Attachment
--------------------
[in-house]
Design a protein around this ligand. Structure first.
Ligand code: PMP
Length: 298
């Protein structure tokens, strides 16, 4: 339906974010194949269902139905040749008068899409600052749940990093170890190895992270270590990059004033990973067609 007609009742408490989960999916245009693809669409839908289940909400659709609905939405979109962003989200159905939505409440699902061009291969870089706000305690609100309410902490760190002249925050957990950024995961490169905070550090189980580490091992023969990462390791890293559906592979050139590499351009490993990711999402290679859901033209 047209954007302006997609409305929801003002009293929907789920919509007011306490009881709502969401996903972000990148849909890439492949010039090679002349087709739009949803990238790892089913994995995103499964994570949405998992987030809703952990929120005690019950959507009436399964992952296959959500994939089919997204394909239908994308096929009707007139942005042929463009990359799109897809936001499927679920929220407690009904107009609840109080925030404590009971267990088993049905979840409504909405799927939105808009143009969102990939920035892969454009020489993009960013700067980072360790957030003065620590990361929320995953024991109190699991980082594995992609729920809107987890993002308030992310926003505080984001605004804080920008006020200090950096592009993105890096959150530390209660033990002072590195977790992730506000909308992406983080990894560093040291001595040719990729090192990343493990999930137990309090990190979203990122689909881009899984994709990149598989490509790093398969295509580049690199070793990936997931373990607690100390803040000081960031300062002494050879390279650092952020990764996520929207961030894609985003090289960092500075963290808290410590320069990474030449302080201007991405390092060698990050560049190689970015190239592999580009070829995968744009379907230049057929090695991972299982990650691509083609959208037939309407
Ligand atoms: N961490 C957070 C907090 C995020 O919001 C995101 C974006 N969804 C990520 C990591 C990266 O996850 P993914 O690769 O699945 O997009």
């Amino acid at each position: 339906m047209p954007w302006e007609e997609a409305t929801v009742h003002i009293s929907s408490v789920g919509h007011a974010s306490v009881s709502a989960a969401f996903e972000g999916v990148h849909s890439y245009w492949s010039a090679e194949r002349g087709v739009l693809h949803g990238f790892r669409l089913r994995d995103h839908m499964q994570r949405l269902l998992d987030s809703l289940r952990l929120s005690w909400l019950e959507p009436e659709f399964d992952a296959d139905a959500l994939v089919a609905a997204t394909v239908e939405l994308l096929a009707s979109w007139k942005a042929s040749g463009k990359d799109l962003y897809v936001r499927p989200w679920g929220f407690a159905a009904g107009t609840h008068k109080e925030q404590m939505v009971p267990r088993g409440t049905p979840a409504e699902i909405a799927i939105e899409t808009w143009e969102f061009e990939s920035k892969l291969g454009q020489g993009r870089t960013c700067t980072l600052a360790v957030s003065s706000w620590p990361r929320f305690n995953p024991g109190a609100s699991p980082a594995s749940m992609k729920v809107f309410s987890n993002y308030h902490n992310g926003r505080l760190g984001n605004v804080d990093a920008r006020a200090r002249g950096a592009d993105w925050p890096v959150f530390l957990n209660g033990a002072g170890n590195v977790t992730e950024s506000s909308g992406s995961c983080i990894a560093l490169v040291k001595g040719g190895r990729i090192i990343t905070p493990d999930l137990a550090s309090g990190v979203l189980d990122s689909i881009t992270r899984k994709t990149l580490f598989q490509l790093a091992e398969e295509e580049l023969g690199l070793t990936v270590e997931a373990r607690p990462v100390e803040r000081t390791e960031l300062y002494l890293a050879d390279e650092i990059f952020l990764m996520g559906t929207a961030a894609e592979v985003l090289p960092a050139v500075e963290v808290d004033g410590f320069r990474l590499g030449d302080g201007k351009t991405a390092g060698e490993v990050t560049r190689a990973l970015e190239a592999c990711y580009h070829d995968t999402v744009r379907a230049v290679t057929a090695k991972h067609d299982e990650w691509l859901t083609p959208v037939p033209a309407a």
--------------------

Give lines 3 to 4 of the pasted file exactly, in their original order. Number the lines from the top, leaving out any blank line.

Ligand code: PMP
Length: 298